My favorite part is the knitting itself. I do like to come up with an idea and see it through the design process, but that can be a bit tedious and often involves a lot of math. I really just enjoy letting my hands do their work while my mind wanders. I can state definitively that needle-felting is the worst part of the process. You wouldn't think that there was anything in the fiber arts that would require you to get a tetanus shot, but you would be wrong. Yikes!

Please briefly describe a workday in your studio and how you created this item:
Well, it really depends on the piece, but many of my projects can be done in a day. Each animal is hand-knit, usually on double pointed needles. I used to knit while I was at work (my boss was awesome that way!), but the economic downturn has made me into an unemployment statistic. So, now I get up, put in a favorite DVD, plop on the couch, and knit for about 6 hours a day. I also knit on the bus, while riding in cars, while waiting for food at restaurants, and at friends' houses. A lot of my studio time is actually spent keeping up with emails and shipping. It's amazing how much time goes into boxing and labeling things.

If this item is part of a special line that you do, has there been an evolution in your process? For example, if we were to compare the first one you made to this one, what differences would there be, if any?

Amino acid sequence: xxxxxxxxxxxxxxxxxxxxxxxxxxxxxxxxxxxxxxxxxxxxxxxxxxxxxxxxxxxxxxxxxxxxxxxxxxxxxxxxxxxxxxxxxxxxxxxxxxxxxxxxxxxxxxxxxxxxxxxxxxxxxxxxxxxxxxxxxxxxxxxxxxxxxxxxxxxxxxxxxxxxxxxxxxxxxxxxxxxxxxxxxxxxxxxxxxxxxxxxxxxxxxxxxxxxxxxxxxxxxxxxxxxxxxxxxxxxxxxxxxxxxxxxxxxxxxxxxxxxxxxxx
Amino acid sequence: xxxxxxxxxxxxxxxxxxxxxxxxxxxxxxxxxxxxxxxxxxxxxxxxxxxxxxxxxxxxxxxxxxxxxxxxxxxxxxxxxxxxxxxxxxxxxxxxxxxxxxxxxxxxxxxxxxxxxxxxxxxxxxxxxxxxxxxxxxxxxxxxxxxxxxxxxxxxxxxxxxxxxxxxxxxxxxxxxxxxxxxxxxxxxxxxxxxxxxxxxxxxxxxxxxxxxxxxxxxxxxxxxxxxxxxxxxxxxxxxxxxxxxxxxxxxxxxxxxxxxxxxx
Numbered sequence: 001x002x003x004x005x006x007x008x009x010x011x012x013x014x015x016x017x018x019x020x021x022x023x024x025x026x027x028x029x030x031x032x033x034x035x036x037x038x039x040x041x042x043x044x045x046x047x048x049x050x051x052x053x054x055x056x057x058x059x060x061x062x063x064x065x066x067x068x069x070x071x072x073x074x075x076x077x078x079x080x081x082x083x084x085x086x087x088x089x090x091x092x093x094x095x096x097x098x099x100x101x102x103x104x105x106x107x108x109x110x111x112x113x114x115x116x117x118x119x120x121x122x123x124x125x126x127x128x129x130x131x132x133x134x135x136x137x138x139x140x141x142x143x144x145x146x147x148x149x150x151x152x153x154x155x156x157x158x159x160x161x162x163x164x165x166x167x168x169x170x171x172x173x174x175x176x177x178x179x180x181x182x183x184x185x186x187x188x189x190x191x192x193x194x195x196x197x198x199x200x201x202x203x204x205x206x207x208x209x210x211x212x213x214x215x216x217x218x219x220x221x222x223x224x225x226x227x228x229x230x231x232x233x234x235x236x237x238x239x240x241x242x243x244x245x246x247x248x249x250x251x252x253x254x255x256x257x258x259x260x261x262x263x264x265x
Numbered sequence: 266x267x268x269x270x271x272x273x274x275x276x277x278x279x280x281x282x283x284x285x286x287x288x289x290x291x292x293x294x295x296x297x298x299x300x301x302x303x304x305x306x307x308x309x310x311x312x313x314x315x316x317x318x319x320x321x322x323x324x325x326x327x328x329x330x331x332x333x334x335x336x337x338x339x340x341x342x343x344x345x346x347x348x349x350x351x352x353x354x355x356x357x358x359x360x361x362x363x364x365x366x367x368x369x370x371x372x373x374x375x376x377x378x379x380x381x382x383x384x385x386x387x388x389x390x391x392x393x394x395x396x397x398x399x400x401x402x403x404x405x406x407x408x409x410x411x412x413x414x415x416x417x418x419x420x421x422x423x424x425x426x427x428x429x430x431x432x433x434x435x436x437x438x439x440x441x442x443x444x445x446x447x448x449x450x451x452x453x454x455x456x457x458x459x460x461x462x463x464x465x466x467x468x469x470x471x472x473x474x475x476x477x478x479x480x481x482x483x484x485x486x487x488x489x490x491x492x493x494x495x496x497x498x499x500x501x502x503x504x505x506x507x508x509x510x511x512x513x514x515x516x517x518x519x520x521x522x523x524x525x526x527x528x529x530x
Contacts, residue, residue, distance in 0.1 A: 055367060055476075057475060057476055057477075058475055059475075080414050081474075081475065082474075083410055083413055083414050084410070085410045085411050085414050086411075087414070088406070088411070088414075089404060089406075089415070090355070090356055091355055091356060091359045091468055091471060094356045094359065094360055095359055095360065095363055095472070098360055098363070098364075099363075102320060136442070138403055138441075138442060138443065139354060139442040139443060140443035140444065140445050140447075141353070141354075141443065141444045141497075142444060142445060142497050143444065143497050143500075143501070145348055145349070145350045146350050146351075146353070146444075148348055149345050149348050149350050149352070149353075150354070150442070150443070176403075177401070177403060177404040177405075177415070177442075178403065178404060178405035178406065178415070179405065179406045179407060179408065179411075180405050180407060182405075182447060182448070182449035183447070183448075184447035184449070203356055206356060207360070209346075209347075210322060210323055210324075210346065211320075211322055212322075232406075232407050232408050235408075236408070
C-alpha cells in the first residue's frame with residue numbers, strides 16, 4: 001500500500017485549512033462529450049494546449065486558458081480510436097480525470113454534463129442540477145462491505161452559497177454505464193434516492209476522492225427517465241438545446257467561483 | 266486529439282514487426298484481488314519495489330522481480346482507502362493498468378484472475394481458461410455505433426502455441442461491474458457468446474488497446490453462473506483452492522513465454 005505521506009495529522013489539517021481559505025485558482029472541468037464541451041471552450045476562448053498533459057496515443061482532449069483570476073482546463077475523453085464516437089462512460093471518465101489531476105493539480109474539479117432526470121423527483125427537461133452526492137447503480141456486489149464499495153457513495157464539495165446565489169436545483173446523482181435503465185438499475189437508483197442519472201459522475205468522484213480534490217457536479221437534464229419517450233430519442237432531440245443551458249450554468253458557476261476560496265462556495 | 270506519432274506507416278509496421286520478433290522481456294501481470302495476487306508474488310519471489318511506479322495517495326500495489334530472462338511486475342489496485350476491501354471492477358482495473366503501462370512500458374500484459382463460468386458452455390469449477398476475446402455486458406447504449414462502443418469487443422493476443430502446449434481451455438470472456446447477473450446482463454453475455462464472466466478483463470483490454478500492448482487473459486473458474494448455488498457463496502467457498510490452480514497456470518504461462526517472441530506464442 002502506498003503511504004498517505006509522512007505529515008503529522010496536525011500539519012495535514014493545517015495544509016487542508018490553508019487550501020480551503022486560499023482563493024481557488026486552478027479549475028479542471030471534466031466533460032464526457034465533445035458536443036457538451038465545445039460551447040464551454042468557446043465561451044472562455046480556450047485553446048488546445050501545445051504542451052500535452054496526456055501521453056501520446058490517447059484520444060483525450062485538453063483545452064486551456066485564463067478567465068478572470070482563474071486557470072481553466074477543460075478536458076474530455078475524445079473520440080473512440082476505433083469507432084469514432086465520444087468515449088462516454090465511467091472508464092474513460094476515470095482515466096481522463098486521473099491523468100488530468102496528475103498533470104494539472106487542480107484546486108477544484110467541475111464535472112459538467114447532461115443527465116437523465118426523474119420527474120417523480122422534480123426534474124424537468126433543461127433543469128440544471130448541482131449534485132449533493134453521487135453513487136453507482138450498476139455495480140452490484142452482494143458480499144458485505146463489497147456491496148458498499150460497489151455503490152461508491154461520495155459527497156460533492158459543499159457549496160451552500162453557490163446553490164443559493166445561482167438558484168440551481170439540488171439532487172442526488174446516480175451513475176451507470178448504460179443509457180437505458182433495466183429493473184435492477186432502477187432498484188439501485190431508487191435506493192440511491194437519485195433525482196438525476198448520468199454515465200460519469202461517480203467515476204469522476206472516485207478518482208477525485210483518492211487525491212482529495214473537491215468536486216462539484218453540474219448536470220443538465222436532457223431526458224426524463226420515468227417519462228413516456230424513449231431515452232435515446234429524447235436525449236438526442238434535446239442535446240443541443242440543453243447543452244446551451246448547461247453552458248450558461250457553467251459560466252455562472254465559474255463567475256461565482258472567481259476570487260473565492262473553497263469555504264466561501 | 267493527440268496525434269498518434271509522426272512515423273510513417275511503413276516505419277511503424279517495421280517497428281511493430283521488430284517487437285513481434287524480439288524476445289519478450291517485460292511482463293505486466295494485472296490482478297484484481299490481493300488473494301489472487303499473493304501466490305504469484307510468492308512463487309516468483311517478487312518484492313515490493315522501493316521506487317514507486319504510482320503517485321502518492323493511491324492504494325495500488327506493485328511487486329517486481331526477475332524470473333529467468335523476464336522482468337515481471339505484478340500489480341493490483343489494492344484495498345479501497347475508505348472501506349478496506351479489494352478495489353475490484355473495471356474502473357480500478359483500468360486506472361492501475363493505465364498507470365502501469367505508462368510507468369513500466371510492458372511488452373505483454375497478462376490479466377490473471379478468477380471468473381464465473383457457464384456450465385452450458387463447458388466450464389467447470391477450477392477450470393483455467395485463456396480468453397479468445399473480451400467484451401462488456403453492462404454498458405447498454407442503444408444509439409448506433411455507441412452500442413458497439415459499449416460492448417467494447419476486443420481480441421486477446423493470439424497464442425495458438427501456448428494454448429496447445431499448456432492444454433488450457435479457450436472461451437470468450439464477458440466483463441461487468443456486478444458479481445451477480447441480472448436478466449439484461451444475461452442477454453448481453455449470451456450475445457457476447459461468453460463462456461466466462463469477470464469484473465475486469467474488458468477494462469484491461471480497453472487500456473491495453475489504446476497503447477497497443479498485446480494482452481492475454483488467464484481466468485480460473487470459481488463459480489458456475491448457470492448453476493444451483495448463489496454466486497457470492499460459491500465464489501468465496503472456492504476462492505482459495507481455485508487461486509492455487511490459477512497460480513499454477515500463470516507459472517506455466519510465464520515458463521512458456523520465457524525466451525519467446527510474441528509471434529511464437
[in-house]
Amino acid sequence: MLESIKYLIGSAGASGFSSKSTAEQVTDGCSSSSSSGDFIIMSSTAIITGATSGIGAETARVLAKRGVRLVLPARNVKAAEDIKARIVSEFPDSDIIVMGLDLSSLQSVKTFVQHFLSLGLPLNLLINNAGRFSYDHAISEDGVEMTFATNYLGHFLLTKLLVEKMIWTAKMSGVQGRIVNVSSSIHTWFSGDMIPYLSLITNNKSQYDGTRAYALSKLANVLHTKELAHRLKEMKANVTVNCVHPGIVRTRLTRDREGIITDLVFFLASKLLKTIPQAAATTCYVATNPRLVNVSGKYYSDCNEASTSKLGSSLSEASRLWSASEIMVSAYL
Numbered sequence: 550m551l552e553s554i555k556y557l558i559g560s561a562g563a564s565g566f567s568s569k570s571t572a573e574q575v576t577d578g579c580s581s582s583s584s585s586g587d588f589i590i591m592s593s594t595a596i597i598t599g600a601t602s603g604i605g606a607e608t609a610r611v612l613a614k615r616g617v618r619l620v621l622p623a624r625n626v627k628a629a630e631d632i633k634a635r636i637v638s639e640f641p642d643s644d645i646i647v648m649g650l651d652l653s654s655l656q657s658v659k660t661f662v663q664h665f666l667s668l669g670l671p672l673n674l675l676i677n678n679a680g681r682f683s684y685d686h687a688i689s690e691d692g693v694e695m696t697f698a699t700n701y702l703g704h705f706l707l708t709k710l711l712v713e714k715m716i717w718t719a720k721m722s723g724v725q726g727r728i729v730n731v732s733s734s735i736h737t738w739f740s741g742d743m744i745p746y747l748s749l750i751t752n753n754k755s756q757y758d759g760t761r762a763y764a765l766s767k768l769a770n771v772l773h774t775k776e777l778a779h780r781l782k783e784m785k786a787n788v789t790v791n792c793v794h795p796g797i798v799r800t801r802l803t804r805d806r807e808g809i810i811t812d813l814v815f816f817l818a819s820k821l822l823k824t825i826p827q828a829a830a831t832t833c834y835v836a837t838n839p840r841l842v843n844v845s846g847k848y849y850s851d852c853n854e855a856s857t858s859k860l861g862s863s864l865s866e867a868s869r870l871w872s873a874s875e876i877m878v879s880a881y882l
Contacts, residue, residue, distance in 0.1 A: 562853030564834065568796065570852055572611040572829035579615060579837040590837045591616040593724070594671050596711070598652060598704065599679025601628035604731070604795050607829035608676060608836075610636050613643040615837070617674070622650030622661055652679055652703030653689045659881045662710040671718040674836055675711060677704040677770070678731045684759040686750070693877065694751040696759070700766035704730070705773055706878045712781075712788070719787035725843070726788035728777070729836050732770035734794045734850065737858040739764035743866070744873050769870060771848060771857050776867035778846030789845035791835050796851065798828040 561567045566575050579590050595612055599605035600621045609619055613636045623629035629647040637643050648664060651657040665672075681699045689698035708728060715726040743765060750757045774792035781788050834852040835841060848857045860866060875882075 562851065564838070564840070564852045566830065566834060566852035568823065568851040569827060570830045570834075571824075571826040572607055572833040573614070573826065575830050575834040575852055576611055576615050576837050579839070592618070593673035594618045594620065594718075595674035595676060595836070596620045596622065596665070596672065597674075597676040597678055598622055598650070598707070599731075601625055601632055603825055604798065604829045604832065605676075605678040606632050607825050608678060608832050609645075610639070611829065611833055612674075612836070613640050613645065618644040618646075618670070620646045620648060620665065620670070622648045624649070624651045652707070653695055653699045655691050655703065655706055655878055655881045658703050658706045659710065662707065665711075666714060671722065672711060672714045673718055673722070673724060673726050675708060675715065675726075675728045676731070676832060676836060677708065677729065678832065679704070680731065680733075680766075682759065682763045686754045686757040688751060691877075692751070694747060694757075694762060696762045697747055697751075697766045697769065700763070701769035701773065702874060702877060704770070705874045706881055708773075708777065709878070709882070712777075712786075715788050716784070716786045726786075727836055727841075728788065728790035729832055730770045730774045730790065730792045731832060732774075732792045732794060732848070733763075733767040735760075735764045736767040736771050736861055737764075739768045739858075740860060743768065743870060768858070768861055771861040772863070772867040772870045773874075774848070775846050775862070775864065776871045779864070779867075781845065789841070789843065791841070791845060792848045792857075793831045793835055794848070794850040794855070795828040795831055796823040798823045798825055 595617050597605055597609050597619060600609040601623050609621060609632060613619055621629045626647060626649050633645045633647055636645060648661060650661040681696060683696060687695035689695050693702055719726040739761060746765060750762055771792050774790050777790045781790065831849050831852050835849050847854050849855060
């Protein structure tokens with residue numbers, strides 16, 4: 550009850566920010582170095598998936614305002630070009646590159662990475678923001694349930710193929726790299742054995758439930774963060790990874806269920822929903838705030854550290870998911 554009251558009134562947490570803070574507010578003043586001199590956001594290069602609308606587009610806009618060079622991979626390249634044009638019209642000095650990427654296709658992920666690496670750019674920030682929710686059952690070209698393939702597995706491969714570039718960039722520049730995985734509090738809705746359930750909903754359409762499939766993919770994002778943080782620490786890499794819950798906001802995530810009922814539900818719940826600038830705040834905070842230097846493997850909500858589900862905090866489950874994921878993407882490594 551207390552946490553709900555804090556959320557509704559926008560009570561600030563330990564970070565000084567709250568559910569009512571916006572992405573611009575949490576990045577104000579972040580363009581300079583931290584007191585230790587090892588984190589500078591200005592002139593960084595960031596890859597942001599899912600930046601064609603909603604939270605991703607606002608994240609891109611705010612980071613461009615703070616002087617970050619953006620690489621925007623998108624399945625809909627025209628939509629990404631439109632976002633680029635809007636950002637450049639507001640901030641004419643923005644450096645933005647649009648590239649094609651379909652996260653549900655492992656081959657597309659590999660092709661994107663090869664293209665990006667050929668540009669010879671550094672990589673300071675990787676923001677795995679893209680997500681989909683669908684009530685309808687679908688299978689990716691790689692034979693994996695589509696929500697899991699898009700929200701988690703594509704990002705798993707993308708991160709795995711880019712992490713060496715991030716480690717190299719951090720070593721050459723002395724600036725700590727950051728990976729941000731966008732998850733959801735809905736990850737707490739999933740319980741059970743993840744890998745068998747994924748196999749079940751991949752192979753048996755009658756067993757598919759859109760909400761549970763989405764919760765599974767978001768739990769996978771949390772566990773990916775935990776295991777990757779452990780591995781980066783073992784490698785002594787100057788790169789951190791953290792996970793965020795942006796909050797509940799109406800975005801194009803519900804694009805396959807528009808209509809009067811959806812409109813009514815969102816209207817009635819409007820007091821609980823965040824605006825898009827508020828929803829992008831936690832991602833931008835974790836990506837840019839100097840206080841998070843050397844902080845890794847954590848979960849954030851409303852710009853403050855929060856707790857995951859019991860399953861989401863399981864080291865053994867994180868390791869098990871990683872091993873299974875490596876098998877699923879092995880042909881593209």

The dissected frog is part of a biological specimen series that I am working on. It started with the frog, and soon I added a dissected lab rat. I am currently working on a dissected fetal pig, with more creatures lined up after that. The frog itself hasn't changed insofar as the body construction. I would say that I have certainly gotten faster at knitting them up. The innards have become more interesting over time, though. I discovered a beautiful, super-bulky alpaca yarn in a light blue that I have recently been making into "intestines"!

I have had some emails from actual biologists who complain that my guts aren't accurate enough, but for some things I just had to use a little artistic license. I picked out the wool roving for the innards based on my own favorite natural color scheme!

Monday, February 9, 2009

Sculpted Animals by Christina's Studio

We're starting a new series on our team blog interviewing other Etsy artists in our online community. It's a fun way to get to know who's out there and to spread the word to BUY HANDMADE!

The first interview in our series is with Christina of Christina's Studio. You may know her Etsy username as cbarjcrafts. Christina is a fellow North Carolinian from Statesville.

She opened her Etsy shop in September of 2007. Her specialty is sculpted caricature (of sorts) of mostly pets and domestic type animals. She says she enjoys clay because it gives her the instant gratification of dimension.I asked her how she chose her shop name and she said, "Ha! The shop's original name, C bar J Crafts, was a combination of my brother's and my initials...No offense to my bro, but I shoulda thought that one through a little more!"